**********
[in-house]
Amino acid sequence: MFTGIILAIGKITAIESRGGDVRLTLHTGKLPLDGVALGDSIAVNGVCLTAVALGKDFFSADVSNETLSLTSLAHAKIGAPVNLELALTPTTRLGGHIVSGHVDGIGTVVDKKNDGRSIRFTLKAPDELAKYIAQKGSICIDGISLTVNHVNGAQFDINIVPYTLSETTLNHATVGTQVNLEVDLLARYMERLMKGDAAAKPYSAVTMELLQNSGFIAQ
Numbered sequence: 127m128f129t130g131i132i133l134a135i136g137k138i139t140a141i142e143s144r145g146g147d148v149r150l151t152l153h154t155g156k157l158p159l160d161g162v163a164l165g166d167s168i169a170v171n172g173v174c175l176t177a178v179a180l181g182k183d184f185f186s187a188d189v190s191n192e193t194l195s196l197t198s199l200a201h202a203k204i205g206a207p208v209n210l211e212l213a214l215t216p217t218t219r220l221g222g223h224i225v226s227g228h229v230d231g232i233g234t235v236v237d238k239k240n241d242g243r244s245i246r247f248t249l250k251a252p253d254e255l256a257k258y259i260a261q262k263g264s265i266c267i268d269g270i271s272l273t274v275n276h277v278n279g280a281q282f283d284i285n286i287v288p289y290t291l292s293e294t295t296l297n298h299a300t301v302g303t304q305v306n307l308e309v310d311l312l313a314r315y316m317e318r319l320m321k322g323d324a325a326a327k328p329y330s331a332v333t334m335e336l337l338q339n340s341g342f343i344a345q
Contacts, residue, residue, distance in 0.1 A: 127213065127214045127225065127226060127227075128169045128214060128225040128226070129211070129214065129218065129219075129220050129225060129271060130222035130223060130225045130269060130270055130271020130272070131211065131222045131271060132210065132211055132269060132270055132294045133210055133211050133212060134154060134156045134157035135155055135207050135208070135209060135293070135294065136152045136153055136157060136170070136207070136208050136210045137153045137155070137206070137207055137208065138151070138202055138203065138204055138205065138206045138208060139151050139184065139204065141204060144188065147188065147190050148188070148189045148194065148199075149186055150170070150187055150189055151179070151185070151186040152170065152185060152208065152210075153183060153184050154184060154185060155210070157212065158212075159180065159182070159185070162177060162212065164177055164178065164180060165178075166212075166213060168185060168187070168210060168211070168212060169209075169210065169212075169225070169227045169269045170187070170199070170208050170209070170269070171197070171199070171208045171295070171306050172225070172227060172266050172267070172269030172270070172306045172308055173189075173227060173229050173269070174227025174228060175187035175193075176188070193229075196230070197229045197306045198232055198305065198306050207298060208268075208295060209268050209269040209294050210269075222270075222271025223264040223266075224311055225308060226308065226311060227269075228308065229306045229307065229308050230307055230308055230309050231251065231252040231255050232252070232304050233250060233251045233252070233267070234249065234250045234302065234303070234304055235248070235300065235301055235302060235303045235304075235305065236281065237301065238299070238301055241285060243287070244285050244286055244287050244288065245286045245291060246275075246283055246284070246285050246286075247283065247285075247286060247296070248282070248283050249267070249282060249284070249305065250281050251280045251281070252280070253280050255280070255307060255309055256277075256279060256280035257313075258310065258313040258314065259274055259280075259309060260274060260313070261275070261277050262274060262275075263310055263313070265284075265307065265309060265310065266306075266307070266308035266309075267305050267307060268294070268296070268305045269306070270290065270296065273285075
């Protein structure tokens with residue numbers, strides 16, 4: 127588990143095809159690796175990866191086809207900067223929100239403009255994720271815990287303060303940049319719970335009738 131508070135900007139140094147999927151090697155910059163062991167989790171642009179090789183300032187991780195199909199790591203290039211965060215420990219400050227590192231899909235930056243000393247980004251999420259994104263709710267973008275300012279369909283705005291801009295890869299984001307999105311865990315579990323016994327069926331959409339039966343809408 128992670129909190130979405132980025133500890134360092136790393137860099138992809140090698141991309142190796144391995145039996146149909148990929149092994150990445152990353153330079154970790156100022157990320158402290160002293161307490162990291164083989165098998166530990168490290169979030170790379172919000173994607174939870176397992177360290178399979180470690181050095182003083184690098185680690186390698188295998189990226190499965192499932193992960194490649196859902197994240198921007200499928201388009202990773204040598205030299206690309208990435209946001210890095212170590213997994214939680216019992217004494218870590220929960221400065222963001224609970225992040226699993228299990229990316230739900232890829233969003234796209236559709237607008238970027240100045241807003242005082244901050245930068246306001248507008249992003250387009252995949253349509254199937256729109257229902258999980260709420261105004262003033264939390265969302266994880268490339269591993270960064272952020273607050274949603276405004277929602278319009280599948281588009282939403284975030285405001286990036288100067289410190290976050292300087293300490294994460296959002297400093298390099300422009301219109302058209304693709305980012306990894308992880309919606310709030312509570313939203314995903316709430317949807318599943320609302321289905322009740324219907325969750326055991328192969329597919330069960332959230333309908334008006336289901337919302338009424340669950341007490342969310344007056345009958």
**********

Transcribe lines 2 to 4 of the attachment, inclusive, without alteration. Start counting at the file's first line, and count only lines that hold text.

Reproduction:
Amino acid sequence: MFTGIILAIGKITAIESRGGDVRLTLHTGKLPLDGVALGDSIAVNGVCLTAVALGKDFFSADVSNETLSLTSLAHAKIGAPVNLELALTPTTRLGGHIVSGHVDGIGTVVDKKNDGRSIRFTLKAPDELAKYIAQKGSICIDGISLTVNHVNGAQFDINIVPYTLSETTLNHATVGTQVNLEVDLLARYMERLMKGDAAAKPYSAVTMELLQNSGFIAQ
Numbered sequence: 127m128f129t130g131i132i133l134a135i136g137k138i139t140a141i142e143s144r145g146g147d148v149r150l151t152l153h154t155g156k157l158p159l160d161g162v163a164l165g166d167s168i169a170v171n172g173v174c175l176t177a178v179a180l181g182k183d184f185f186s187a188d189v190s191n192e193t194l195s196l197t198s199l200a201h202a203k204i205g206a207p208v209n210l211e212l213a214l215t216p217t218t219r220l221g222g223h224i225v226s227g228h229v230d231g232i233g234t235v236v237d238k239k240n241d242g243r244s245i246r247f248t249l250k251a252p253d254e255l256a257k258y259i260a261q262k263g264s265i266c267i268d269g270i271s272l273t274v275n276h277v278n279g280a281q282f283d284i285n286i287v288p289y290t291l292s293e294t295t296l297n298h299a300t301v302g303t304q305v306n307l308e309v310d311l312l313a314r315y316m317e318r319l320m321k322g323d324a325a326a327k328p329y330s331a332v333t334m335e336l337l338q339n340s341g342f343i344a345q
Contacts, residue, residue, distance in 0.1 A: 127213065127214045127225065127226060127227075128169045128214060128225040128226070129211070129214065129218065129219075129220050129225060129271060130222035130223060130225045130269060130270055130271020130272070131211065131222045131271060132210065132211055132269060132270055132294045133210055133211050133212060134154060134156045134157035135155055135207050135208070135209060135293070135294065136152045136153055136157060136170070136207070136208050136210045137153045137155070137206070137207055137208065138151070138202055138203065138204055138205065138206045138208060139151050139184065139204065141204060144188065147188065147190050148188070148189045148194065148199075149186055150170070150187055150189055151179070151185070151186040152170065152185060152208065152210075153183060153184050154184060154185060155210070157212065158212075159180065159182070159185070162177060162212065164177055164178065164180060165178075166212075166213060168185060168187070168210060168211070168212060169209075169210065169212075169225070169227045169269045170187070170199070170208050170209070170269070171197070171199070171208045171295070171306050172225070172227060172266050172267070172269030172270070172306045172308055173189075173227060173229050173269070174227025174228060175187035175193075176188070193229075196230070197229045197306045198232055198305065198306050207298060208268075208295060209268050209269040209294050210269075222270075222271025223264040223266075224311055225308060226308065226311060227269075228308065229306045229307065229308050230307055230308055230309050231251065231252040231255050232252070232304050233250060233251045233252070233267070234249065234250045234302065234303070234304055235248070235300065235301055235302060235303045235304075235305065236281065237301065238299070238301055241285060243287070244285050244286055244287050244288065245286045245291060246275075246283055246284070246285050246286075247283065247285075247286060247296070248282070248283050249267070249282060249284070249305065250281050251280045251281070252280070253280050255280070255307060255309055256277075256279060256280035257313075258310065258313040258314065259274055259280075259309060260274060260313070261275070261277050262274060262275075263310055263313070265284075265307065265309060265310065266306075266307070266308035266309075267305050267307060268294070268296070268305045269306070270290065270296065273285075